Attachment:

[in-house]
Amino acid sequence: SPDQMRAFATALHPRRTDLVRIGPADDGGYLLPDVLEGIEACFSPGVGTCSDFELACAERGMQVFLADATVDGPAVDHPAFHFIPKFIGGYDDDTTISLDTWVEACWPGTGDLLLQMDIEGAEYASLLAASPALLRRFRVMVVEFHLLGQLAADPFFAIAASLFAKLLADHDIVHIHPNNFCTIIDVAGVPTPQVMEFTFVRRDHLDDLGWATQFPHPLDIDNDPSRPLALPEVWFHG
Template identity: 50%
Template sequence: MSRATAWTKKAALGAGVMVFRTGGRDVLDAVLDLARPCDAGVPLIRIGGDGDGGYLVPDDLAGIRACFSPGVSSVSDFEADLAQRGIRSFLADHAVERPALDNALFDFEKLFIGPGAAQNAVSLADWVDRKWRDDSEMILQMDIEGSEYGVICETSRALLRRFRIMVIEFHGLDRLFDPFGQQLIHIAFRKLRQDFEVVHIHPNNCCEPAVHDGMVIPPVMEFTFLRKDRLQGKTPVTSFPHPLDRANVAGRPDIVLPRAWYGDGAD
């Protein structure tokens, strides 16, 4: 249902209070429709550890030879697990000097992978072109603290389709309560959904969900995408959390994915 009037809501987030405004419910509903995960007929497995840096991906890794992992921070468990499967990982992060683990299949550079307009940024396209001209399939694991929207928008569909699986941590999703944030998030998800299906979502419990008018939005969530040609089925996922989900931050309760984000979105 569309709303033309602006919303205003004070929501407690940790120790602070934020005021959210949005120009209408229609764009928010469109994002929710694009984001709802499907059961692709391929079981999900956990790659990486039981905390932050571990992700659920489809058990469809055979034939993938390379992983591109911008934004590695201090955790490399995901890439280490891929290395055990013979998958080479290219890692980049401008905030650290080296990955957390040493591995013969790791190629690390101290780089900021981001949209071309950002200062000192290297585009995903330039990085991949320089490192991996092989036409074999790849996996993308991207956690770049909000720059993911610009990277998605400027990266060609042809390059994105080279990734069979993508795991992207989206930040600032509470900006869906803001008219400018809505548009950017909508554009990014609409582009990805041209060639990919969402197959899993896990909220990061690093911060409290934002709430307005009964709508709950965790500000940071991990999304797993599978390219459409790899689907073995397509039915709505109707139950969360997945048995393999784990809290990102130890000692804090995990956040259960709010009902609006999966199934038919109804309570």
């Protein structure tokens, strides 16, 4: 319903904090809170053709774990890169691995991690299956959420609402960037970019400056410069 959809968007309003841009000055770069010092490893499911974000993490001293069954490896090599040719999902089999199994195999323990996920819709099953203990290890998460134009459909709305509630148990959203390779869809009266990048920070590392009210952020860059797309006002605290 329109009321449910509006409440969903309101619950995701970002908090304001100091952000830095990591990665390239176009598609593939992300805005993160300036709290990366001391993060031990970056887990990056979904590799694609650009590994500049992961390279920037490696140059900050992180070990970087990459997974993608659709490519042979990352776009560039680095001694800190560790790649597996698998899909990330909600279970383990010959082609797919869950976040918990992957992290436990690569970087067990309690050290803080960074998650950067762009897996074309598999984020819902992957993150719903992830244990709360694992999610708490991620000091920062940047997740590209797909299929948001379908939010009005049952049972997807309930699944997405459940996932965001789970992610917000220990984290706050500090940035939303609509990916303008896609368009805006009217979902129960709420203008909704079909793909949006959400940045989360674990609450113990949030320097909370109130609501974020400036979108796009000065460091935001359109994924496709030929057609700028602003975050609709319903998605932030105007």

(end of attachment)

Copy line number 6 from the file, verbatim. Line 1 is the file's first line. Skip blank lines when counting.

């Protein structure tokens, strides 16, 4: 319903904090809170053709774990890169691995991690299956959420609402960037970019400056410069 959809968007309003841009000055770069010092490893499911974000993490001293069954490896090599040719999902089999199994195999323990996920819709099953203990290890998460134009459909709305509630148990959203390779869809009266990048920070590392009210952020860059797309006002605290 329109009321449910509006409440969903309101619950995701970002908090304001100091952000830095990591990665390239176009598609593939992300805005993160300036709290990366001391993060031990970056887990990056979904590799694609650009590994500049992961390279920037490696140059900050992180070990970087990459997974993608659709490519042979990352776009560039680095001694800190560790790649597996698998899909990330909600279970383990010959082609797919869950976040918990992957992290436990690569970087067990309690050290803080960074998650950067762009897996074309598999984020819902992957993150719903992830244990709360694992999610708490991620000091920062940047997740590209797909299929948001379908939010009005049952049972997807309930699944997405459940996932965001789970992610917000220990984290706050500090940035939303609509990916303008896609368009805006009217979902129960709420203008909704079909793909949006959400940045989360674990609450113990949030320097909370109130609501974020400036979108796009000065460091935001359109994924496709030929057609700028602003975050609709319903998605932030105007």